I come from the orthodox hasidic Jewish community, which very enthusiastic about spirituality, and the spiritual importance of Jewish practice. Years ago I felt there was some grassroots view that if you were sufficiently spiritual and religious, you could not be mentally unwell.
But this view was not shared by the more informed members of the community who said that religious observance and spirituality were not, unfortunately, magic barriers against mental illness. In my research I found good liaison with mental health professionals.
In the community it's generally believed (I think correctly) that friendship (social support), many forms of prayer, and other activities (e.g. music) can be helpful.
There is some stigmatisation of mental illness and many members of the community are working hard to dispel this, with several organisations offering support and activities such as art, and home visiting, to those with mental illness.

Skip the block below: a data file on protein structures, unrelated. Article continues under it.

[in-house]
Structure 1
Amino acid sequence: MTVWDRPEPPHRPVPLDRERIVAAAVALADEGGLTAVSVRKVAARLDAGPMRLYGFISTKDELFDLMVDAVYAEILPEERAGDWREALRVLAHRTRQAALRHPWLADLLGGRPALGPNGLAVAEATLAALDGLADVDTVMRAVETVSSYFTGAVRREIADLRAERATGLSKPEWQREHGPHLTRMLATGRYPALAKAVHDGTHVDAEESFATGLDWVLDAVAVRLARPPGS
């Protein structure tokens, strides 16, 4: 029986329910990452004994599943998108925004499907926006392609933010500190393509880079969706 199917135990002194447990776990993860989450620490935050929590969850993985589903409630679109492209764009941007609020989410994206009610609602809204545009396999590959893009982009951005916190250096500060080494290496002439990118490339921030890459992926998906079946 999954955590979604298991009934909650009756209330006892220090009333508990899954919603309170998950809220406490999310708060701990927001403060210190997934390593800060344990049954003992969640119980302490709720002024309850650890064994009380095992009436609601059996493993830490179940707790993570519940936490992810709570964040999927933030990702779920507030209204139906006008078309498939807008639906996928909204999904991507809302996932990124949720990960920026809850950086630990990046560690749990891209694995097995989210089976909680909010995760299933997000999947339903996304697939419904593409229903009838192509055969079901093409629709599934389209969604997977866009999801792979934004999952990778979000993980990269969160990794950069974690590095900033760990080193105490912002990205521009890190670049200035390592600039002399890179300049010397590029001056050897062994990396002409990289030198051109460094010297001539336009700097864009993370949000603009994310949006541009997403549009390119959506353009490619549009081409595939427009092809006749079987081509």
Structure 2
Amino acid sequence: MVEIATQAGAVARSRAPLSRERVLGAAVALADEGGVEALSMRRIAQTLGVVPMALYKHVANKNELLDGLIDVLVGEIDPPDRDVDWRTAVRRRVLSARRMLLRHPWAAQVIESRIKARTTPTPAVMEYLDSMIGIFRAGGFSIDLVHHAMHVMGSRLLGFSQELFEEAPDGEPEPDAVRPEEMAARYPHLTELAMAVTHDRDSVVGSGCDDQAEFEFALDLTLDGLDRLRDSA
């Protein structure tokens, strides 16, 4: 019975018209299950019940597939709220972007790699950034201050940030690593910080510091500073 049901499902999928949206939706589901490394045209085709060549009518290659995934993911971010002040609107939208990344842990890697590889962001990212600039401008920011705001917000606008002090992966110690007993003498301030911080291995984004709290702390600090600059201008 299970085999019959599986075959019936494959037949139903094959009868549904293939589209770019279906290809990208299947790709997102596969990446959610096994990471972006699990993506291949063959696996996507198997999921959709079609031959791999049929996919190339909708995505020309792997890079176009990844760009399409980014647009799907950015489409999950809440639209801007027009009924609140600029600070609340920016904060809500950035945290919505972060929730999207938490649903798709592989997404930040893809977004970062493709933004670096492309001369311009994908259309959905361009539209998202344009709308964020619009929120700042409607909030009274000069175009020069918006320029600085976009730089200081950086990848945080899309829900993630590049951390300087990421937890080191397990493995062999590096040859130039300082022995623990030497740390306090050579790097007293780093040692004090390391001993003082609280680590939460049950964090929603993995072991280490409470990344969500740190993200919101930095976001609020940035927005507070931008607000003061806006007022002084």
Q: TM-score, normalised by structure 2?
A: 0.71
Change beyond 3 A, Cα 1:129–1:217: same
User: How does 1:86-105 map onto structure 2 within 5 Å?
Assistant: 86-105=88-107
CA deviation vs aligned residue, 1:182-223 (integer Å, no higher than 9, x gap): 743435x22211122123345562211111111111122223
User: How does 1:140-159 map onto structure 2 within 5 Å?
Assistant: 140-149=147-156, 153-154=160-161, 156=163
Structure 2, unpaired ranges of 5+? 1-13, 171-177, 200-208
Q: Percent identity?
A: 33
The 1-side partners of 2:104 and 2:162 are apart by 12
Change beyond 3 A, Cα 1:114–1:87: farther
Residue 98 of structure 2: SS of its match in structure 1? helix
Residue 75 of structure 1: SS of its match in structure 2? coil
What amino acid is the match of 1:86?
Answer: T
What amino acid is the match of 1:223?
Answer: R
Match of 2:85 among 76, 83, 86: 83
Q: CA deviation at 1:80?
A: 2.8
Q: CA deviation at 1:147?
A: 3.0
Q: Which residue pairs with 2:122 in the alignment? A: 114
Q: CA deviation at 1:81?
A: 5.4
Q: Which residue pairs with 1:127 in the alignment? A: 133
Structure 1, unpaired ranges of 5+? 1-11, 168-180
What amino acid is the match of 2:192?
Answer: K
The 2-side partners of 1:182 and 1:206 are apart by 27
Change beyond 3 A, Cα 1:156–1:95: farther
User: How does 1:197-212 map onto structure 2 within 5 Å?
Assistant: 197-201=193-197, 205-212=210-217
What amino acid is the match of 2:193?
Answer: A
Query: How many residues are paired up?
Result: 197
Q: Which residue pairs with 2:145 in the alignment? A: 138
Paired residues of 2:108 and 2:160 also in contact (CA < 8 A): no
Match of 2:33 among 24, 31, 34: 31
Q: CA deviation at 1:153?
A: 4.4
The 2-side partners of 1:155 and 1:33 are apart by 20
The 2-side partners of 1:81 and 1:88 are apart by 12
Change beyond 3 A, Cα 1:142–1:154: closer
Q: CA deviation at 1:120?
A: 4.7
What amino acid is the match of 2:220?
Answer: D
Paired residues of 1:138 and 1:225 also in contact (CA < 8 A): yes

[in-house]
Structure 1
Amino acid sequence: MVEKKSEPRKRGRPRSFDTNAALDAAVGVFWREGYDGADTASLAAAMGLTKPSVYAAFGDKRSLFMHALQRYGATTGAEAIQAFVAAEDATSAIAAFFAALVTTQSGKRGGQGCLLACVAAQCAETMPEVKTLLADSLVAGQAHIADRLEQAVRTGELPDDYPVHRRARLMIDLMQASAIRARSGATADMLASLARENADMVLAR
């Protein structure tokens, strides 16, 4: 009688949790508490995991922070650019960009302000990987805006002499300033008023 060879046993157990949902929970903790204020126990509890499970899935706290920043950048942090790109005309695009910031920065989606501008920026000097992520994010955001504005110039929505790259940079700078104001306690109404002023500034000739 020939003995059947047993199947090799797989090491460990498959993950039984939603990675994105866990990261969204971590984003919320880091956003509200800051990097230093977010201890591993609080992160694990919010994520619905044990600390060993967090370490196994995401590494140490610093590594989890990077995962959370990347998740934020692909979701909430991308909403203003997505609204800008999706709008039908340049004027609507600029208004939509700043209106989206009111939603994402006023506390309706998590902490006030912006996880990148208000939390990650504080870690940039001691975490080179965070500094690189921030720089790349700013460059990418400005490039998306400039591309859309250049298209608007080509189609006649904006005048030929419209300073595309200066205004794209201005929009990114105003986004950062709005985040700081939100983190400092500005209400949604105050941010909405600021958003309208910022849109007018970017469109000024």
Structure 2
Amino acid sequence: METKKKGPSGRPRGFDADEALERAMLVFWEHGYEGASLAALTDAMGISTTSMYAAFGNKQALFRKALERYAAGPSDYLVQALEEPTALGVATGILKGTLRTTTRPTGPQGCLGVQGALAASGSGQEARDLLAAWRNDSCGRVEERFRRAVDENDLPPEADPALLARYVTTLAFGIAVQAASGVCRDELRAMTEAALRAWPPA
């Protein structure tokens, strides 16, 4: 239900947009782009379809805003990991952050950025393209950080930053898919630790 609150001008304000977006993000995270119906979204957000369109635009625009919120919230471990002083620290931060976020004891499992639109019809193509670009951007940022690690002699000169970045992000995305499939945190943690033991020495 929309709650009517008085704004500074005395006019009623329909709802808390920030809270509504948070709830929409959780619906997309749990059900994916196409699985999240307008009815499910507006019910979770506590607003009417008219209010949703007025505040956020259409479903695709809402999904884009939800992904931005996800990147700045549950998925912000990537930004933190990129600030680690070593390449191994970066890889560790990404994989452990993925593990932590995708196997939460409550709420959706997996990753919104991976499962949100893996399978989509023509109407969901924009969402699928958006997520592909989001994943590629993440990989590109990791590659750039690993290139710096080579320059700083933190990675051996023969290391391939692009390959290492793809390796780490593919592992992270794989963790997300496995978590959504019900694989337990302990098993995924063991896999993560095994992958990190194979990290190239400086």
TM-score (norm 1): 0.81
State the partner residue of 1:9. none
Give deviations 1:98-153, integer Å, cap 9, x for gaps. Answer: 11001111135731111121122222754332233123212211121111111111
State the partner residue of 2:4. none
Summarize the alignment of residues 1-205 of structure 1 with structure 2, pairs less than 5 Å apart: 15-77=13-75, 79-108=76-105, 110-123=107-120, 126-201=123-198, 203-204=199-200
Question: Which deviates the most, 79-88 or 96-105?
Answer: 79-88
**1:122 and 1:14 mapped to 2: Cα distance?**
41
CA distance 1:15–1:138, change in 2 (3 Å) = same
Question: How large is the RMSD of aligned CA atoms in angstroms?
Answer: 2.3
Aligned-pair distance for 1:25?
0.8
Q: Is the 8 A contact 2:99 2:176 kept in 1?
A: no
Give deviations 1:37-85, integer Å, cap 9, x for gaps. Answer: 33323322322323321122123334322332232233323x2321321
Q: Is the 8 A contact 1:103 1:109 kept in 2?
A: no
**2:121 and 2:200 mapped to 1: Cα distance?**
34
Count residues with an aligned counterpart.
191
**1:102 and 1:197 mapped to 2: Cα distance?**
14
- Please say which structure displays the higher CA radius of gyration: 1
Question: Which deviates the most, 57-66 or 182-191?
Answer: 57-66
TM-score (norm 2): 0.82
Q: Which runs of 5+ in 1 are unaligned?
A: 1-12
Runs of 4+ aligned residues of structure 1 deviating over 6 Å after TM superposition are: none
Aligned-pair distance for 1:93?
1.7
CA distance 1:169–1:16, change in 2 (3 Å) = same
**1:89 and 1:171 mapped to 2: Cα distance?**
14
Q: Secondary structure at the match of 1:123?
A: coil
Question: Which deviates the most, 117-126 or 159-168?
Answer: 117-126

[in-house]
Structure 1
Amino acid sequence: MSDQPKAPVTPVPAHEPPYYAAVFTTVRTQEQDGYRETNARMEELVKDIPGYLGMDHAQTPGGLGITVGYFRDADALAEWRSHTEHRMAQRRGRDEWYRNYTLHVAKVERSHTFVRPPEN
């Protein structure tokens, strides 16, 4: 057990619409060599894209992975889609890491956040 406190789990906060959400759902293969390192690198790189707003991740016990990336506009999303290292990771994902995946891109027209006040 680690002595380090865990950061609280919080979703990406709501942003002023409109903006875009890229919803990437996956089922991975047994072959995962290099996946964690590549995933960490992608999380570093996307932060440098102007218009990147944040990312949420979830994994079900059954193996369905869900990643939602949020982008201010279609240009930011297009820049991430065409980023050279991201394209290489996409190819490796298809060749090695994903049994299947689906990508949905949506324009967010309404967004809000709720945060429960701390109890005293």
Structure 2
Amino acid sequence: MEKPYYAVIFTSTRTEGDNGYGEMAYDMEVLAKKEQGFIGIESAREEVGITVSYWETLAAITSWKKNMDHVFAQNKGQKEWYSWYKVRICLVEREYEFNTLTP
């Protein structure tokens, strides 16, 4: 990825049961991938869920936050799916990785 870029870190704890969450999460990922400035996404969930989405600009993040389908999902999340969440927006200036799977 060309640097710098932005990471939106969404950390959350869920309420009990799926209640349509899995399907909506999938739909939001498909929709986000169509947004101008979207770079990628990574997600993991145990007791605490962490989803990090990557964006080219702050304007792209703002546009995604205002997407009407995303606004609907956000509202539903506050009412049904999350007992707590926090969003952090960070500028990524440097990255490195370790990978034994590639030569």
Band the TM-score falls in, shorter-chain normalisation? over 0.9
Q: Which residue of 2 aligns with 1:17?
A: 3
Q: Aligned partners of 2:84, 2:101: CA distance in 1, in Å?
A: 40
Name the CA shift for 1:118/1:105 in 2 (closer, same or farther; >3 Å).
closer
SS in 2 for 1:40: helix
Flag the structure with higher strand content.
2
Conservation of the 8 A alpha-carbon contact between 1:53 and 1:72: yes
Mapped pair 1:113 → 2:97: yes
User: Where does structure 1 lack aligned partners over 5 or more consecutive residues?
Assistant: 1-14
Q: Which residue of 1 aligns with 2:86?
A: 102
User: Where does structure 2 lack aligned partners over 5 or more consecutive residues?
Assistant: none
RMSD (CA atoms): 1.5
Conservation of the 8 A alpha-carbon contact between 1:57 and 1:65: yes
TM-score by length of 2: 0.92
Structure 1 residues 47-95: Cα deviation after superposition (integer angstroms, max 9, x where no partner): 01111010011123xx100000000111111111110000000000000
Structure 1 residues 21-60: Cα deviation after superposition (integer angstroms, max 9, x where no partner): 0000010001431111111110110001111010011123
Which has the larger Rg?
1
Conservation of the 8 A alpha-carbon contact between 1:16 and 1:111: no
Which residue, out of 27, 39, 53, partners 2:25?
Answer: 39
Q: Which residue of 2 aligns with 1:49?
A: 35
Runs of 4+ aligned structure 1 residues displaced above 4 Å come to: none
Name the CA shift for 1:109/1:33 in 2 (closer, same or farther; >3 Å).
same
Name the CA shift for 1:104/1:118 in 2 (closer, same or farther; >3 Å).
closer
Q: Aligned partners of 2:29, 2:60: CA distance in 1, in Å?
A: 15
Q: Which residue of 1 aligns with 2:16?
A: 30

I have been involved with such mental health support organisations for many years. I am an academic psychologist and have done a lot of research and writing and speaking on the general theme of the importance and indeed urgency of considering religious factors in all aspects of psychology. I have published many papers and three books on religion and mental health.
I am currently doing research on religious ritual and its effects, which has been unattended to scientifically for many years. I am writing several research articles and book chapters at the moment, including chapters for handbooks put out by the American Psychological Association. I am also working on a third edition of my popular introductory book on Psychometrics, and hoping to give papers and presentations on religion and mental health in Denmark, Sweden and Poland in the coming months.